It is often unanimously agreed to that comedy is the most difficult of genres for an actor or performer to pull off. Jack Black is one of the lead actors in American who doesn’t mind making a fool out of himself to make you laugh. However, he is not a man of slapstick. Jack swears by sarcasm and honesty and it is often that glistening innocence in his eyes even while doing the most embarrassing things that makes him a crowd favourite. Youngsters would identify him as the voice of Po in the hugely popular Kung Fu Panda series, the third edition of which is almost ready for release. As Jack makes his transition into television with HBO’s dark comedy show The Brink (he is also an executive producer on the show), he talks to us in an email interview about how TV is the place to be and what one needs to keep in mind before joking about serious geopolitical issues. In the show, he plays a low-level diplomat in Islamabad, who after trying to buy weed at a marketplace, gets drawn into an international crisis.
Why television? What about this series attracted you to not just come on board as part of the lead cast but also as an executive producer?
There is no specific answer to why television. I took up The Brink because the script was a rare, crazy mix of comedy, action and politics. I had never seen something like that before. It was fresh and original. The title refers to being on the brink of a third world war. But it is still a comedy. So when the movies are stuck in spin-offs and sequels, I thought I’d take some time out and try my hand at this. Don’t get me wrong, I love movies and I am not complaining. But when it comes to trying new things, I think television is far ahead than the movies. Even personally it has been some of the latest TV series that have kept me interested as compared to the new movies. Then, there was the director Jay Roach whom I trusted a lot and have always wanted to work with. So it was not a tough decision at all.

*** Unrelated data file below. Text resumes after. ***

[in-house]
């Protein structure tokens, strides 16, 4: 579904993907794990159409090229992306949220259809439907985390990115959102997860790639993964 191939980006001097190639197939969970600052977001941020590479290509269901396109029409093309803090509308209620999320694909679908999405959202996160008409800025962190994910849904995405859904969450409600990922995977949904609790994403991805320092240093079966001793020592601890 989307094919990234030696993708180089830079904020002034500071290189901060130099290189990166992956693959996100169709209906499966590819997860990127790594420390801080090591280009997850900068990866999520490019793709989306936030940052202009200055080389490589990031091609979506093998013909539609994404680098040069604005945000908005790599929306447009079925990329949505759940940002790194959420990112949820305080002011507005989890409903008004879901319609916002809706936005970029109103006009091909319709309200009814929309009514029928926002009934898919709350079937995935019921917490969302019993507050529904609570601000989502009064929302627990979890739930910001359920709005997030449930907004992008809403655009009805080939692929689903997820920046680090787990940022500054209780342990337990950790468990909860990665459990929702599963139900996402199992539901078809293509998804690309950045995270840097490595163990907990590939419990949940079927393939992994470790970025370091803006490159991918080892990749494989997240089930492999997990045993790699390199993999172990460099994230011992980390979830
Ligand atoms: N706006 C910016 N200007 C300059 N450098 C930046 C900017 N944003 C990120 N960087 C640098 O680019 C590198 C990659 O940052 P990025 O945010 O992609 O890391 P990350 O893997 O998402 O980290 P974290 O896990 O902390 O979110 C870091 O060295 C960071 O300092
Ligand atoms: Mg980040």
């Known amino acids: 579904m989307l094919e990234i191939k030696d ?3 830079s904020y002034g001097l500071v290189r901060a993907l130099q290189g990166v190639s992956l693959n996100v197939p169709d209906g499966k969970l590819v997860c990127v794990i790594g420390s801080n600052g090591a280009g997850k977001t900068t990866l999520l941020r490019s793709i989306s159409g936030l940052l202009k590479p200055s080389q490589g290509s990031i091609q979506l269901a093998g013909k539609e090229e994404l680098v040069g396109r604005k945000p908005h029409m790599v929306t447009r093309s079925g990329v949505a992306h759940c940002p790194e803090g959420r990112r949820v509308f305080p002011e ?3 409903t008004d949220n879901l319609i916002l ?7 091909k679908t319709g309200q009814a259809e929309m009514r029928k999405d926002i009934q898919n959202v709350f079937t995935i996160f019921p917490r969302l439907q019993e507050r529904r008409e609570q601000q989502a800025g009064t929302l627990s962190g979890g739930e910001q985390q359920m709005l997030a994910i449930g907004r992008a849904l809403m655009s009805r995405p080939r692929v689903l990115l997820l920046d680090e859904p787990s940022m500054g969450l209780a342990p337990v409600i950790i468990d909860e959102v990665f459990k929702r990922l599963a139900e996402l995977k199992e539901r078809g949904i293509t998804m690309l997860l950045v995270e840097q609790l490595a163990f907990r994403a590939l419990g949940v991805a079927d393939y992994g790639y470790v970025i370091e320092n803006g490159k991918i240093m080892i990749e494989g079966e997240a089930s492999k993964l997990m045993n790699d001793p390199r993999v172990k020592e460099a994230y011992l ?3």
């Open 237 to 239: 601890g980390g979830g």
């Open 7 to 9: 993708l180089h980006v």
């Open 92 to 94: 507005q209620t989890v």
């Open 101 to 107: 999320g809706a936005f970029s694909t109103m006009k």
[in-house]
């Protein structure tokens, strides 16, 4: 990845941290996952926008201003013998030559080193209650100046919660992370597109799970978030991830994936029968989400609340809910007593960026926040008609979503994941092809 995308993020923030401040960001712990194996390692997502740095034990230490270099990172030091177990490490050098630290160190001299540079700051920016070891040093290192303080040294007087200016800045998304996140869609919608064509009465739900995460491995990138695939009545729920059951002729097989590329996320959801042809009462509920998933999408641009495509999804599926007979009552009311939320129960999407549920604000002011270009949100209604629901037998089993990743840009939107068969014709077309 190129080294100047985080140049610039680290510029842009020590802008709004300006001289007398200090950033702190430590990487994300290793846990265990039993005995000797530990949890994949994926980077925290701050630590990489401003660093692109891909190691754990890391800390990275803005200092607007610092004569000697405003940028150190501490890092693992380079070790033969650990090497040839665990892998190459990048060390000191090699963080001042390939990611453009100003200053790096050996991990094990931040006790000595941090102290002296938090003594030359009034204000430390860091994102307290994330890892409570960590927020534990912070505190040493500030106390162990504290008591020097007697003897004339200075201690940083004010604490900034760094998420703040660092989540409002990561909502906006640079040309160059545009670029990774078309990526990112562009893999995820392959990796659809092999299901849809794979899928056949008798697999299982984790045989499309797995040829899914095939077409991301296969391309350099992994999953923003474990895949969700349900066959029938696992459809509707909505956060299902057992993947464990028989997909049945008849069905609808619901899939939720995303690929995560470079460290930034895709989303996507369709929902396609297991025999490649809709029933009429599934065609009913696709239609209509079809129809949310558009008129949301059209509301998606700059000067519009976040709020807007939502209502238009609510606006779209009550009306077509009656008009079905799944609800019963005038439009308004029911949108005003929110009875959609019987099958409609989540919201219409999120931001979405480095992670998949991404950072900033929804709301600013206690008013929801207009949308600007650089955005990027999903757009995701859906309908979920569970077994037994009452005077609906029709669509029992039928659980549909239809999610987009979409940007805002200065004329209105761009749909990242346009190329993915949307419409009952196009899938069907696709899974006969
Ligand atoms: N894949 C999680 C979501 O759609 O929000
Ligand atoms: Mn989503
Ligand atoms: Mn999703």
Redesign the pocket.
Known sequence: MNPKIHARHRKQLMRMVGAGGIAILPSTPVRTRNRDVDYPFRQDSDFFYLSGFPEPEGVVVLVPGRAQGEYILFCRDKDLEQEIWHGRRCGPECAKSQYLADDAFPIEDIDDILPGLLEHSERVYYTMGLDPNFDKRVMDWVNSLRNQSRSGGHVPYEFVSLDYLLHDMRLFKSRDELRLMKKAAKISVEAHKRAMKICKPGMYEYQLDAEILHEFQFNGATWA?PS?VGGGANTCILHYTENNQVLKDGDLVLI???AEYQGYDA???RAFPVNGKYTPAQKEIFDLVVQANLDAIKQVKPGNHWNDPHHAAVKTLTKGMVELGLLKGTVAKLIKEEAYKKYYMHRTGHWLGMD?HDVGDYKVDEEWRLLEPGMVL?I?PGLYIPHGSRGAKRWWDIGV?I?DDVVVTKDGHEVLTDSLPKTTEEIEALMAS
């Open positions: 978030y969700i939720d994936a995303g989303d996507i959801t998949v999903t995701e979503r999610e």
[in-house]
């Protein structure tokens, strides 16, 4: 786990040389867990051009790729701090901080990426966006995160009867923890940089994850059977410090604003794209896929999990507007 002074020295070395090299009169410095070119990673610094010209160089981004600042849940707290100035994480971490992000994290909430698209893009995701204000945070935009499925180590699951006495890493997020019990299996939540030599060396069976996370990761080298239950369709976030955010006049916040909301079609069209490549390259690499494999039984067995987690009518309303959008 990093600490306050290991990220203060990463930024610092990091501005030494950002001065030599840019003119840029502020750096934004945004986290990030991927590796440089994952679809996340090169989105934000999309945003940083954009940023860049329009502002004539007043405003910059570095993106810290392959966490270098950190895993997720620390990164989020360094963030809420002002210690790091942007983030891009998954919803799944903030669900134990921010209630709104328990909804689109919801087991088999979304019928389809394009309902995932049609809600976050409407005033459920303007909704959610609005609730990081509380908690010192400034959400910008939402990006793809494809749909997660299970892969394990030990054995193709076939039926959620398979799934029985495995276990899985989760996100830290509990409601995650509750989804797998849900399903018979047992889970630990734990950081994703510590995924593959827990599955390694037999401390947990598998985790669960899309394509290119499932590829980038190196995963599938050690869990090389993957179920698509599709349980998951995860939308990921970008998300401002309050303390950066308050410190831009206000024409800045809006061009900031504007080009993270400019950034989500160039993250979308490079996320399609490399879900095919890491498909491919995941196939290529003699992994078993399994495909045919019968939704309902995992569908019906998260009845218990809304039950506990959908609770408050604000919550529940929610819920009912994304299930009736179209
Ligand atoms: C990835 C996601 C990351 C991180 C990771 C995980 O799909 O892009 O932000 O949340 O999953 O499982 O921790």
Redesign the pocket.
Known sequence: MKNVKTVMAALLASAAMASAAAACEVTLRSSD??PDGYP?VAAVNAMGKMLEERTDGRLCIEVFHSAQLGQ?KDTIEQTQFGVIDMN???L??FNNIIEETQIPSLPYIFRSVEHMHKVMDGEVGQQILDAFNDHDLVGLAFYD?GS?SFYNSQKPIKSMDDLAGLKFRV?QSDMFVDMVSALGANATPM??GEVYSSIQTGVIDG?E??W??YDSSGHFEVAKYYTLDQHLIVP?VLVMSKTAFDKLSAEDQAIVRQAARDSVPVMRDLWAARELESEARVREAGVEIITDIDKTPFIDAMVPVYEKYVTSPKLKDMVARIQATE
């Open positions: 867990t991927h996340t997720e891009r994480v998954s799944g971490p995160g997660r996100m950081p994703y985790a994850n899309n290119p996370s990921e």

So how did you prepare for your role as Alex Talbot?
Firstly, it wasn’t a role that required tonnes of research because Alex is your average dumb American who goes to a foreign land, is insensitive and thinks that his country is the best. Now, you get a lot of that around here, don’t you? He is a normal guy, who wants to have sex, loves to smoke weed and has a good side to him, too. What required a bit of brushing up on was the backdrop the show was set in and this new political comedy genre. So I have been watching shows like The Daily Show, the Rachel Maddow Show and yes Homeland.
Are you a political person?
I think all of us are political at some level. I may not be into these major geo-political issues but I am a big champion of equal rights for the LGBT community and for all the races. Like most of the people around, I, too, don’t like it when I come face to face with racism, bigotry and injustice in the world. But having said that I would not claim to be well versed in world politics. I think I am kind of a cliche.
You are credited as the Executive Producer on the show. So what exactly are your duties and do you enjoy producing content?
I love to produce and I have done a few things. I like all the aspects of bringing a story alive from the script to the screen. But I am a bit embarrassed about my credit in this one, because frankly I haven’t done much other than lobby to get Asif Mandvi in the show.
The Brink falls into a different genre of political comedy. Do you think comedy is more effective than drama when it comes to tackling such themes?
Definitely. Comedy always helps to keep things lighter. For instance, there was Steve Martin’s The Jerk. Even 40 years later, that movie is remembered because it brought this really absurd, hilarious and strange premise and broke down social norms and barriers. This can be done only in comedy. Tackling serious subjects in fiction seriously is one way to go but comedy is way more effective. Think Charlie Chaplin. Deep under all those slapstick moments there is some serious social problem being addressed.
And now there are a lot of taboos. Differences in cultures, religions, family structures, us and them… all that. But I hope someday we can do away with these barriers and find a common ground. I hope we can just say, “Look, your politicians are crazy, our politicians are crazy, let’s all get along.”